Yuyan

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Yuyan
Pretender
Born 1918
Beijing, China
Died 1997 (aged 78–79)
Beijing, China
Throne(s) claimed China
Pretend from 17 October 1967 – 1997
Monarchy abolished 1912
Last monarch Xuantong Emperor
Connection with Cousin
Royal House Aisin Gioro
Father Pucheng
Mother Jinggui
Spouse Magiya Jinglan
Zhang Yunfang
Children Hengzhen
Hengkai
Hengjun
Predecessor Xuantong Emperor
Yuyan
Chinese 毓嵒
Yanrui
(courtesy name)
Traditional Chinese 巖瑞
Simplified Chinese 岩瑞
Xiaoruizi
(nickname)
Chinese 小瑞子

Yuyan (1918–1997), courtesy name Yanrui, nickname Xiaoruizi, was a Chinese calligrapher of Manchu descent. He was a member of the Aisin Gioro clan, the imperial clan of the Qing dynasty. He claimed that he was appointed by Puyi, the Last Emperor of China, as the heir to the throne. His claim is the subject of the travel adventure book The Empty Throne by British journalist Tony Scotland.

Early life[edit]

Born in Wangfujing, Beijing, Yuyan was the second son of Pucheng[disambiguation needed] (溥偁) and Jinggui (敬貴), a lady of the Fuca (富察) clan. His grandfather was Zailian (載濂; 1854–1917), a son of Yicong (1831–1889), the fifth son of the Daoguang Emperor. He was a distant cousin of Puyi, the Last Emperor.

In 1936, Yuyan was summoned by Puyi, who had been enthroned as the ruler of the puppet state Manchukuo in 1934 by the Empire of Japan, to join his imperial court in Changchun, Jilin. Yuyan was very close to Puyi, who called him "Xiaoruizi" (小瑞子; or "Little Rui").

Life in the People's Republic of China[edit]

After the fall of Manchukuo, Yuyan was arrested by the Russians and imprisoned from 1945 to 1950 near Khabarovsk in the Soviet Union's Far East Region along with Puyi. He was later sent back to China, where he was incarcerated in the Fushun War Criminals Management Centre in Liaoning from 1950 to 1957.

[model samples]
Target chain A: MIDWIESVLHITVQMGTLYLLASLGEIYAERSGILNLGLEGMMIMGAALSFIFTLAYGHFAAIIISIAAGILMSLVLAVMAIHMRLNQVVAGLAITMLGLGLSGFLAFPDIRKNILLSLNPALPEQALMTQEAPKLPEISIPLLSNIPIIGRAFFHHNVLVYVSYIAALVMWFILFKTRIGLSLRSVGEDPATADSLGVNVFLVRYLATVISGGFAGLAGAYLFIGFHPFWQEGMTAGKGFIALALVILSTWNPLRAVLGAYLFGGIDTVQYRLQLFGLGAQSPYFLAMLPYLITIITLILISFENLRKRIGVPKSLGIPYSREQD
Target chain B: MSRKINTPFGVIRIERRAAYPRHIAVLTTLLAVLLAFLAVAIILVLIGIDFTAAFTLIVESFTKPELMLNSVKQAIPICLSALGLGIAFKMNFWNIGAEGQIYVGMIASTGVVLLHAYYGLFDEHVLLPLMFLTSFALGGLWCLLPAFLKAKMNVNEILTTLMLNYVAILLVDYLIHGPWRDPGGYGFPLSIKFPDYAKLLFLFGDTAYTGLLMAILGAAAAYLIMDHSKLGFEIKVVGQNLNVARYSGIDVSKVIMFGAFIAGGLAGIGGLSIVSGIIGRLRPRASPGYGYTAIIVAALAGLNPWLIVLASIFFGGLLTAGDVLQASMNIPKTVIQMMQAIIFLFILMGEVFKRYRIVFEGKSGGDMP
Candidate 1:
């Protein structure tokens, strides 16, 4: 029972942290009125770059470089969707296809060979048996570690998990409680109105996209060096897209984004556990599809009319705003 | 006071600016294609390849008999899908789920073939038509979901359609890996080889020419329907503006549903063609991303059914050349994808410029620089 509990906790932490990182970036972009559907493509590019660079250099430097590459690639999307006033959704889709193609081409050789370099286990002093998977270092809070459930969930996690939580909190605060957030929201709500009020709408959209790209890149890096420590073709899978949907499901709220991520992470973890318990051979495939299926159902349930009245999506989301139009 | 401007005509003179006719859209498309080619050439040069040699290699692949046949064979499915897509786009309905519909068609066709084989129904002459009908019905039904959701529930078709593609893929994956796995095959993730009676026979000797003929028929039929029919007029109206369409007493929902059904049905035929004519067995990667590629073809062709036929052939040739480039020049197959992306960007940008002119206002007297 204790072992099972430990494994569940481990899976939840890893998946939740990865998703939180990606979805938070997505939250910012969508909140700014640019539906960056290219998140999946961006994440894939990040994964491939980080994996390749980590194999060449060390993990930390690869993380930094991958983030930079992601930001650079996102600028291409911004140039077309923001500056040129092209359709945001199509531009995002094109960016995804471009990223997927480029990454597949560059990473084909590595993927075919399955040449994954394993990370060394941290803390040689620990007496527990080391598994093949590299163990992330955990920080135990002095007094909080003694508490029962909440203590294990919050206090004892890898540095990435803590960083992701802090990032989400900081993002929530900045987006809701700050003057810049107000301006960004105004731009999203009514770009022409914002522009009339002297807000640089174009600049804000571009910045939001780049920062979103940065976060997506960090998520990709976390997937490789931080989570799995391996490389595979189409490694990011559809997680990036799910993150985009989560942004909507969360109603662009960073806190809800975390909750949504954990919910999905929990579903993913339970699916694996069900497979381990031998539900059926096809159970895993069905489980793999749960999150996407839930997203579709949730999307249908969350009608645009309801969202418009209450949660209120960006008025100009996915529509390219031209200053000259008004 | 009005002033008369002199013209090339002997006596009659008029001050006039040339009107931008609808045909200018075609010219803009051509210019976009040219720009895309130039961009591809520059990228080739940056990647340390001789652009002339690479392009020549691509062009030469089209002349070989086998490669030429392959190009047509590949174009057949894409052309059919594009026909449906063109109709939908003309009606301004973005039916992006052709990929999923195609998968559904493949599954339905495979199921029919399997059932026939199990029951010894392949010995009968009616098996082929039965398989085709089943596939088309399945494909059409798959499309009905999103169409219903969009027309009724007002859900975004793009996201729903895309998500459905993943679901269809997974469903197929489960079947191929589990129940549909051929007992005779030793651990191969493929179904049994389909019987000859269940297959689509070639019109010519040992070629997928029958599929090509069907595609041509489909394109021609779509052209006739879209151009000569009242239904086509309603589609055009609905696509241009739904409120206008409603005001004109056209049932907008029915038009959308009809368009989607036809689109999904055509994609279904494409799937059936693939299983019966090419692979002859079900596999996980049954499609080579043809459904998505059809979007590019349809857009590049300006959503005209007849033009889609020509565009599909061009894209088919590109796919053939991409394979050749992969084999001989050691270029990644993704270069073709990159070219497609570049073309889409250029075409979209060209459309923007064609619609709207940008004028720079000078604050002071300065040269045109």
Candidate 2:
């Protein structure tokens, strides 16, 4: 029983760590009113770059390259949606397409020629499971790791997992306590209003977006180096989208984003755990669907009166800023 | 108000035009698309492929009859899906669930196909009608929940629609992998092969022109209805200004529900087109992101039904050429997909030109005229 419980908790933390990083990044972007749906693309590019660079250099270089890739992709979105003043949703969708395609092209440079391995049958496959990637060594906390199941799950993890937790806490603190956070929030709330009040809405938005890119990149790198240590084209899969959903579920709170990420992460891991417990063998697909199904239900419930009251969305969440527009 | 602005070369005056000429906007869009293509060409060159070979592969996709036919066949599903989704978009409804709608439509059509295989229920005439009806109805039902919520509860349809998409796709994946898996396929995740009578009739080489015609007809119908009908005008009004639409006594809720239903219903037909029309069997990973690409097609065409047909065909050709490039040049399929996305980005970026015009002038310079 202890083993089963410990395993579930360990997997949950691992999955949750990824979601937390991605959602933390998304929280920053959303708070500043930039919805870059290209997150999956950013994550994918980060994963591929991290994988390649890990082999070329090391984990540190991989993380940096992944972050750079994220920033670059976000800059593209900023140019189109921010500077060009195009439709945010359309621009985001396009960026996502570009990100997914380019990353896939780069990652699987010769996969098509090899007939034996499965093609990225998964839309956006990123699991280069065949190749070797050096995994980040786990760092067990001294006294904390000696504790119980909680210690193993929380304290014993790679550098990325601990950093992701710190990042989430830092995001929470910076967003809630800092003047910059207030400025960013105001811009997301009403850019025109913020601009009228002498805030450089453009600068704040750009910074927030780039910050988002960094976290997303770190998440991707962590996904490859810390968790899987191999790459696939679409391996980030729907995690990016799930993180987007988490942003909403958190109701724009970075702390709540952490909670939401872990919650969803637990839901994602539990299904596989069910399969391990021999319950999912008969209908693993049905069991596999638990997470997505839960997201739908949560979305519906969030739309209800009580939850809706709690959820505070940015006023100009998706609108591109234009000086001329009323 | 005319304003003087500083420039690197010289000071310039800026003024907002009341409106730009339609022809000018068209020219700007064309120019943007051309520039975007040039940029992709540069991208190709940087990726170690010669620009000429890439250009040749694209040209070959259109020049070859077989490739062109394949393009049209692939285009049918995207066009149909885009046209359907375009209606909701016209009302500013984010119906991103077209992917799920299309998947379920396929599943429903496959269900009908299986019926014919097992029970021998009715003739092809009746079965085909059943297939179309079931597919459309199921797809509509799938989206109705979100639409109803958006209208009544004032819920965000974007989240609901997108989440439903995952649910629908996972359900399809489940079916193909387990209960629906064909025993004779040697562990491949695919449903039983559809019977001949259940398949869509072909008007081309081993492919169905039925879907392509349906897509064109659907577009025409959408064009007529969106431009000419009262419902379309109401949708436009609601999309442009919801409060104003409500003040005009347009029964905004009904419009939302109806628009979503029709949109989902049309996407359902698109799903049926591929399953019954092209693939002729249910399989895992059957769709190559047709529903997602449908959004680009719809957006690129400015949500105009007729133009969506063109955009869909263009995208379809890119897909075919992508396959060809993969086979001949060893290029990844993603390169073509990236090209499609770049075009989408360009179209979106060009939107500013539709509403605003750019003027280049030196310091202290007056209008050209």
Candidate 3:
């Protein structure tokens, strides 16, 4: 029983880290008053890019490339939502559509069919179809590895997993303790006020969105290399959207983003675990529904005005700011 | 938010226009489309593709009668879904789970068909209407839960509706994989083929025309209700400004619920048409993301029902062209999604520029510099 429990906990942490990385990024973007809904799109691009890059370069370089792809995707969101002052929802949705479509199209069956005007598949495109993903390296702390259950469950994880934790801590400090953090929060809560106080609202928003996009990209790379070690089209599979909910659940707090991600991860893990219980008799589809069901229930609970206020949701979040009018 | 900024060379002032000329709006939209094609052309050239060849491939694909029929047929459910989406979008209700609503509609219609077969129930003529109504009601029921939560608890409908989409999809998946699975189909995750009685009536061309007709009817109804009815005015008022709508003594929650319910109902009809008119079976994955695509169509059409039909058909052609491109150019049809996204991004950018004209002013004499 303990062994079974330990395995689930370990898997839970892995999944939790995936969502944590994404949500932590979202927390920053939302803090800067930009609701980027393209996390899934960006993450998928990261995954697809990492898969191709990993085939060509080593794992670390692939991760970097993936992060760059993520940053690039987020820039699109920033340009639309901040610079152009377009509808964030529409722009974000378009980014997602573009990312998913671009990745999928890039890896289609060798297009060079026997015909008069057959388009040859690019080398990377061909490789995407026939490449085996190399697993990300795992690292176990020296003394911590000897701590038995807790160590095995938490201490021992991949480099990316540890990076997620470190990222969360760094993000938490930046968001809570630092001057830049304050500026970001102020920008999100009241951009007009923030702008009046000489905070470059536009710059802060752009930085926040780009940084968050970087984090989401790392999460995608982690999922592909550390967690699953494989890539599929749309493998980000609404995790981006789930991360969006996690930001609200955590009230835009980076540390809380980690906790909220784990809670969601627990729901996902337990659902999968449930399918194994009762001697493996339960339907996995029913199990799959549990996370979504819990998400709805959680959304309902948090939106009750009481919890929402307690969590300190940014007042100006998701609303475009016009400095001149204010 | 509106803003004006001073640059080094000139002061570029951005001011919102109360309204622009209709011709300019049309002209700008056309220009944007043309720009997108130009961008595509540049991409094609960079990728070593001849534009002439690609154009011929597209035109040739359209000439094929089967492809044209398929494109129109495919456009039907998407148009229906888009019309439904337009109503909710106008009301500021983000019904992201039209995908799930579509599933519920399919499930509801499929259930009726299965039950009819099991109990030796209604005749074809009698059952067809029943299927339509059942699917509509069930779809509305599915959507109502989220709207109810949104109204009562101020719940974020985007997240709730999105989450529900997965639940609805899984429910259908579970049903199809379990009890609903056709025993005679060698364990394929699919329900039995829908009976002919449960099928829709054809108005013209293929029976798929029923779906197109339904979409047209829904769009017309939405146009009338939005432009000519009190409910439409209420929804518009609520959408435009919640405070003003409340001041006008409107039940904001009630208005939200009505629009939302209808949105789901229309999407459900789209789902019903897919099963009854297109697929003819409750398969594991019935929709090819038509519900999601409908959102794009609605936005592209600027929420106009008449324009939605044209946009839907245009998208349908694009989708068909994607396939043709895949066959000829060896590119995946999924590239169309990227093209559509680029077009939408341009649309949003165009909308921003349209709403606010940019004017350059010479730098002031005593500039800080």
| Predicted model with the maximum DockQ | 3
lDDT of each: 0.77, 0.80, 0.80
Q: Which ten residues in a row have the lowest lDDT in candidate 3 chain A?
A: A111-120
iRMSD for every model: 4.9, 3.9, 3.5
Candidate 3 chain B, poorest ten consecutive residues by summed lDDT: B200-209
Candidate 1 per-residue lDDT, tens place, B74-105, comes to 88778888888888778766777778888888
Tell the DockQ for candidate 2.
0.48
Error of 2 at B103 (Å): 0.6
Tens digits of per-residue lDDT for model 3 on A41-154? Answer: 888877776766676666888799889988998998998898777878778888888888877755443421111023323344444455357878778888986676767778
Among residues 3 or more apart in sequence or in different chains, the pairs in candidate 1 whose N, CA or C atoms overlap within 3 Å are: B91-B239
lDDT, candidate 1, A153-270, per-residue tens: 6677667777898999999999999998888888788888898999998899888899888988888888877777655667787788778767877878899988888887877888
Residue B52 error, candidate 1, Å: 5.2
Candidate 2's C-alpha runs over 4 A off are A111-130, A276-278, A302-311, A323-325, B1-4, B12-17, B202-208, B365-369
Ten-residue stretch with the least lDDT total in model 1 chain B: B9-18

Yuyan was a pretender to the Chinese throne. He claimed that Puyi appointed him as heir when they were both imprisoned in Russia in 1950. In his autobiography, Puyi wrote only that he considered selecting Yuyan as his heir, but there were no official documents to support Yuyan's claim. Under a succession law adopted in 1937, Puyi's younger brother, Pujie, became next in line in succession to the throne.

Following his release from Fushun, Yuyan worked as a Chinese language teacher, and later in a haberdashery factory. He was arrested in 1959 and sent for hard labour at a public security detention centre near Beijing. Yuyan was arrested again in 1966 during the Cultural Revolution and sent to do hard labour in Shanxi. He was only released in 1979 and allowed to return to Beijing, where he became a road sweeper.

After release from prison[edit]

Yuyan was a calligrapher and poet. In 1987, he was appointed as a state consultant on the restoration of the Prince Gong Mansion in Beijing.

Yuyan is the main character in the book The Empty Throne: The Quest for an Imperial Heir in the People's Republic of China (1933) by the British journalist Tony Scotland. Scotland was searching for an heir to the imperial throne of China.

Family[edit]

  • Elder sister: Yujuying (毓菊英), married Chen Yingsan (陳英三), son of Chen Zengshou (陳曾壽).
  • Spouses:
    • Magiya Jinglan (馬佳靜蘭), of Manchu descent, married Yuyan in 1943.
    • Zhang Yunfang (張雲訪), married Yuyan after Magiya Jinglan died in 1948 in Tianjin.
  • Children:
    • Hengzhen (恆鎮; b. 1944), eldest son, born to Magiya Jinglan, married Tu Yanling (塗艷玲).
    • Hengkai (恆鎧; b. 1945), second son, born to Magiya Jinglan, married Liu Xiujuan (劉秀娟).
    • Hengjun (恆鈞; b. 1966), third son, born to Zhang Yunfang, married Fan Qin (范秦; b. 1971).
  • Grandchildren:
    • Hengxing (恆星; b. 1977), name also spelled as Hengxing (恆鍟), Hengzhen and Tu Yanling's son.
    • Jin Yinghui (金英輝; b. 1980), also named Qiqi (啟琪), Hengkai and Liu Xiujuan's son.
    • Jin Qitong (金啟桐; b. 29 October 1996), Hengjun and Fan Qin's daughter.

Ancestry[edit]

See also[edit]

Succession[edit]

Yuyan
Born: 1918 Died: 1997
Titles in pretence
Preceded by
Xuantong Emperor
(Puyi)
— TITULAR —
Emperor of China
October 17, 1967–1997
Reason for succession failure:
Qing dynasty abolished in 1912
Succeeded by
Hengzhen